Key Words: Vitamin D receptor, Non-alcoholic steatohepatitis, Vitamin D, Bile acids, Inflammation, Lipid metabolism

Core Tip: Vitamin D receptor (VDR) is a nuclear receptor and proposed as a druggable target for nonalcoholic steatohepatitis (NASH) due to the discovery of vitamin D deficiency in NASH patients. However, vitamin D supplementation has not consistently conferred expected therapeutic benefits. Actually, VDR can interact with other ligands such as bile acids in addition to vitamin D, and its expression can be induced by fatty acids, and insulin. Liver is an heterogenous organ, and VDR activation in hepatic macrophages and hepatic stellate cells results in attenuation of hepatic inflammation and fibrosis, whereas activation of VDR in hepatocytes can accelerate lipid accumulation. Thus, the multiplicity of VDR ligands, together with the cell type-specificity of VDR activation, must be taken into consideration in assessing the validity of VDR being a potential druggable target for NASH treatment.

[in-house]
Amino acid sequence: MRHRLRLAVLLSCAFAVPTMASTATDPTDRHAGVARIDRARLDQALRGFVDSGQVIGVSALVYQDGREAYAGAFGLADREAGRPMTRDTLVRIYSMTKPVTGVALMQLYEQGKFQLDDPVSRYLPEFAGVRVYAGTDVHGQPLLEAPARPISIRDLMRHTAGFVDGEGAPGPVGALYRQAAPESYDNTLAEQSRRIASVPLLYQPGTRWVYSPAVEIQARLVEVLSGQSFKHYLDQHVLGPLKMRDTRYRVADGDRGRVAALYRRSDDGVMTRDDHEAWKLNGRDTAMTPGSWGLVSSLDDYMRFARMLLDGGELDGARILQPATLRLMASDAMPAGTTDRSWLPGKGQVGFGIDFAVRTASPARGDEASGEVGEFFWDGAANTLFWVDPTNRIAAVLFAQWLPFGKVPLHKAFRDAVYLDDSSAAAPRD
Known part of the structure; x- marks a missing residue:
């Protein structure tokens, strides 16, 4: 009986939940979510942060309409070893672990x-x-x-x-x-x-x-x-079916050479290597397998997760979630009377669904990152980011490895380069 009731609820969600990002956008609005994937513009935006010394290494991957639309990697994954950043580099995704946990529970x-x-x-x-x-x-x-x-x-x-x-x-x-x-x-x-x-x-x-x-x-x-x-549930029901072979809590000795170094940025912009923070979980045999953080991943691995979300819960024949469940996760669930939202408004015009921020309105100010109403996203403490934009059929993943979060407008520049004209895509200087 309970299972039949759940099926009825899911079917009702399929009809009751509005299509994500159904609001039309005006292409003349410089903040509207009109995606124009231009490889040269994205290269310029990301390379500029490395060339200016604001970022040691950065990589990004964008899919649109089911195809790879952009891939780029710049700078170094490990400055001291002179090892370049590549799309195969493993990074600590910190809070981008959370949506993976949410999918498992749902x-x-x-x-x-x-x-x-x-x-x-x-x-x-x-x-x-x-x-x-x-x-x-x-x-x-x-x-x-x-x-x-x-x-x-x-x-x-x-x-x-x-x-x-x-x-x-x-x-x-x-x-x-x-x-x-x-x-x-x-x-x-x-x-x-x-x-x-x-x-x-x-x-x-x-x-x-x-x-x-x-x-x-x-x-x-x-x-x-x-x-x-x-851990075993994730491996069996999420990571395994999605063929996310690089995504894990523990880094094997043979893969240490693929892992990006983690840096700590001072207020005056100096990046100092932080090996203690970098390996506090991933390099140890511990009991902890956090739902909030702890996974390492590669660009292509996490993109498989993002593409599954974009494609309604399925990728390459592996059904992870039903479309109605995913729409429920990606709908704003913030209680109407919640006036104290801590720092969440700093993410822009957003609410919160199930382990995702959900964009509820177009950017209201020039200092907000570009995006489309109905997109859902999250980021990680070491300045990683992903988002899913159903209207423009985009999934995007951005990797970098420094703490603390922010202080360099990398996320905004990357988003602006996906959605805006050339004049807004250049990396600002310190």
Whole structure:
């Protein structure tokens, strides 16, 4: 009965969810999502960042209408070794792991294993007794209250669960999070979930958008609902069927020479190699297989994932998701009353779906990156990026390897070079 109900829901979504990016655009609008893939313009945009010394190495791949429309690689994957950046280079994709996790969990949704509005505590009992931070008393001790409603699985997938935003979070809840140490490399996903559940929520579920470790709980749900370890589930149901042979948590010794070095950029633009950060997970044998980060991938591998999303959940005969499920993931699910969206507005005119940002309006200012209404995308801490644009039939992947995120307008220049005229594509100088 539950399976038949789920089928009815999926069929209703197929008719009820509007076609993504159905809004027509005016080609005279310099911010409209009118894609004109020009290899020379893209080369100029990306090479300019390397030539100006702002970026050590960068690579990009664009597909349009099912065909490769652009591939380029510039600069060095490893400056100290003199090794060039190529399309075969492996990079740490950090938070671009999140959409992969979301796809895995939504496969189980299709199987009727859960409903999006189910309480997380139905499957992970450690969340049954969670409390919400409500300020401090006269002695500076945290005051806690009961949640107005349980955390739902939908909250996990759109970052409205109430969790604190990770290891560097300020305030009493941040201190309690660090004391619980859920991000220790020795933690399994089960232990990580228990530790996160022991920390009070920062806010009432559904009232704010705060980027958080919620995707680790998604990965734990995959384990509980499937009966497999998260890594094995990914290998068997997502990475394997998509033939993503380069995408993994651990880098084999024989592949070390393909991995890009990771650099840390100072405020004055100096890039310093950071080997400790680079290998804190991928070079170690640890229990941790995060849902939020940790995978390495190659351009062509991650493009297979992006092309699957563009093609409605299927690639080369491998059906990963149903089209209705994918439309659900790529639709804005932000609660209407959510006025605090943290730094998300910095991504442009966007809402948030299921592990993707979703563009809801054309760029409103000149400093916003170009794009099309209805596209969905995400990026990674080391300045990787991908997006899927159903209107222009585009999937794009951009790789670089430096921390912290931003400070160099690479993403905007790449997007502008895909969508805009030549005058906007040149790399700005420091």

Non-alcoholic fatty liver disease (NAFLD) is characterized by excessive lipid accumulation in the liver. Recently, NAFLD has been redefined as “metabolic associated fatty liver disease” because of its close association with obesity, type 2 diabetes mellitus, and cardiovascular disease that are common features of metabolic syndromes[1-4]. Clinically, NAFLD presents a spectrum of symptoms ranging from non-alcoholic fatty liver (NAFL) and non-alcoholic steatohepatitis (NASH), to the related liver fibrosis and cirrhosis. NAFLD has become the most common liver disease worldwide, with an incidence rate of approximately 25%[5], and an average incidence rate of 7.6% in children[6]. Although in most cases NAFL is asymptomatic with no overt clinical manifestation, approximately 20%-30% of NAFL patients develop into progressive NASH. It has been estimated that NASH will become the most common indication for liver transplantation by the year 2030[7].